State economy improved, jobless rate fell to 7.8% in November
The number of unemployed Pennsylvania residents fell by 16,000 in November, the largest single month decline since 1983 and the second-largest drop on record, said a report on Friday.
“That 16,000 is a healthy number,” said labor economist Mark Price, of the Keystone Research Center, Harrisburg.
“It's a sign we're back on track,” he said. “This is a nice reversal back in the right direction after the number of unemployed had been rising over the summer.”
The jobless rate also fell sharply to 7.8 percent last month from 8.1 percent in October, according to the state Department of Labor and Industry report.
The economist said the only time that Pennsylvania logged a larger drop in unemployed people was in July 1983, when jobless ranks fell by about 100,000. That drop occurred because the implosion of Big Steel at the time led thousands of suddenly jobless people to leave Pennsylvania for states with better prospects, he said.
Total employment in November, adjusted for seasonal fluctuations, stood at 5.75 million, which was the highest level in four years, or since November 2008. Employment is determined by a survey of state residents.
Private-sector jobs, determined by a survey of employers, increased by 7,200 last month, driven primarily by gains in leisure and hospitality, education and health services, and manufacturing.
“The public sector shed 5,300 jobs, but the private sector added 7,200, which is a good number,” Price said.
“But I don't think this will be repeated in December,” he said.
“The Pennsylvania economy is slowly recovering, and we are adding jobs, but not at a pace where we'd sustain November's really good number.”
Thomas Olson is a staff writer for Trib Total Media. He can be reached at 412-320-7854 or firstname.lastname@example.org.
Show commenting policy
TribLive commenting policy
You are solely responsible for your comments and by using TribLive.com you agree to our Terms of Service.
We moderate comments. Our goal is to provide substantive commentary for a general readership. By screening submissions, we provide a space where readers can share intelligent and informed commentary that enhances the quality of our news and information.
While most comments will be posted if they are on-topic and not abusive, moderating decisions are subjective. We will make them as carefully and consistently as we can. Because of the volume of reader comments, we cannot review individual moderation decisions with readers.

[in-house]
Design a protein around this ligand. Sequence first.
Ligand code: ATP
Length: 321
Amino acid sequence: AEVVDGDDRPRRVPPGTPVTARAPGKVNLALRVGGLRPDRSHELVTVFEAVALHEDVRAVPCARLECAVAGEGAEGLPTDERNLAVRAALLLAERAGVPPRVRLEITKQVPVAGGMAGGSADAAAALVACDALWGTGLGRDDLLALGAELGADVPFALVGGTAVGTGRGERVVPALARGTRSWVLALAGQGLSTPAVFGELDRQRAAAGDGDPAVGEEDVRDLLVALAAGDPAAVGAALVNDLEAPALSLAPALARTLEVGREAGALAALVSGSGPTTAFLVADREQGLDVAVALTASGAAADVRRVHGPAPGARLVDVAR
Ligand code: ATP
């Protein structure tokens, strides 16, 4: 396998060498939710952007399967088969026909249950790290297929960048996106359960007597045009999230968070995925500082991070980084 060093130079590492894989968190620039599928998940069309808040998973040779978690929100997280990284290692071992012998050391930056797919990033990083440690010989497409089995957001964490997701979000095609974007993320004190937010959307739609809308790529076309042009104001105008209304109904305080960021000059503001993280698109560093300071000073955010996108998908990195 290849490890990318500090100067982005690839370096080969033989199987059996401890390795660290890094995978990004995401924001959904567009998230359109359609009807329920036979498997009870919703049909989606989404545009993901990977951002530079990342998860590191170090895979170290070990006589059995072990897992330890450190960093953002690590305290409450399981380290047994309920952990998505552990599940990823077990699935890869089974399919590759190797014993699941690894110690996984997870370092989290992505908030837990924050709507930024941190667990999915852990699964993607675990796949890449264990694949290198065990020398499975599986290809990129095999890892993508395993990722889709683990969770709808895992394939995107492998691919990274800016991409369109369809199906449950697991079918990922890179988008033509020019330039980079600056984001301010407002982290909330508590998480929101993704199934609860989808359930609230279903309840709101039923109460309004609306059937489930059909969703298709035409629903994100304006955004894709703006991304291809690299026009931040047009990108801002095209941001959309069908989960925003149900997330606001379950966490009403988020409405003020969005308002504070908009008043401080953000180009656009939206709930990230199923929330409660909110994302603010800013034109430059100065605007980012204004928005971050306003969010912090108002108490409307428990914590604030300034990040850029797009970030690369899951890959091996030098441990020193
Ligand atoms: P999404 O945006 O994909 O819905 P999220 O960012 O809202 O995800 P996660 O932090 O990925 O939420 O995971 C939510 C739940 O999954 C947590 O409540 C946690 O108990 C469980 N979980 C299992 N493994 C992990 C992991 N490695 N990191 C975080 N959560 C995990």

We value thoughtful comments representing a range of views that make their point quickly and politely. We make an effort to protect discussions from repeated comments either by the same reader or different readers.
We follow the same standards for taste as the daily newspaper. A few things we won't tolerate: personal attacks, obscenity, vulgarity, profanity (including expletives and letters followed by dashes), commercial promotion, impersonations, incoherence, proselytizing and SHOUTING. Don't include URLs to Web sites.
We do not edit comments. They are either approved or deleted. We reserve the right to edit a comment that is quoted or excerpted in an article. In this case, we may fix spelling and punctuation.
We welcome strong opinions and criticism of our work, but we don't want comments to become bogged down with discussions of our policies and we will moderate accordingly.
We appreciate it when readers and people quoted in articles or blog posts point out errors of fact or emphasis and will investigate all assertions. But these suggestions should be sent via e-mail. To avoid distracting other readers, we won't publish comments that suggest a correction. Instead, corrections will be made in a blog post or in an article.
- Review: Score, costumes shine in Pittsburgh Public Theater’s ‘My Fair Lady’
- Second lawsuit filed against Gov. Wolf seeking reinstatement of open records director
- McCord to plead guilty to federal charges from campaign fundraising
- Monessen woman dies in truck-car crash on Route 51 in Fayette County
- Snow can be positive for garden, but negatives can be a slippery slope
- Review: Stylish whodunit ‘The Loft’ doesn’t reach narrative heights
- LaBar: WWE not backing down from controversy
- Pirates sign 2 to minor league deals
- Prison artists add works to Braddock Carnegie’s art-lending library
- ‘Black or White’ leaves Kevin Costner spent — emotionally and financially
- Pittsburgh mayor denies ethics investigation into his ‘Undercover Boss’ performance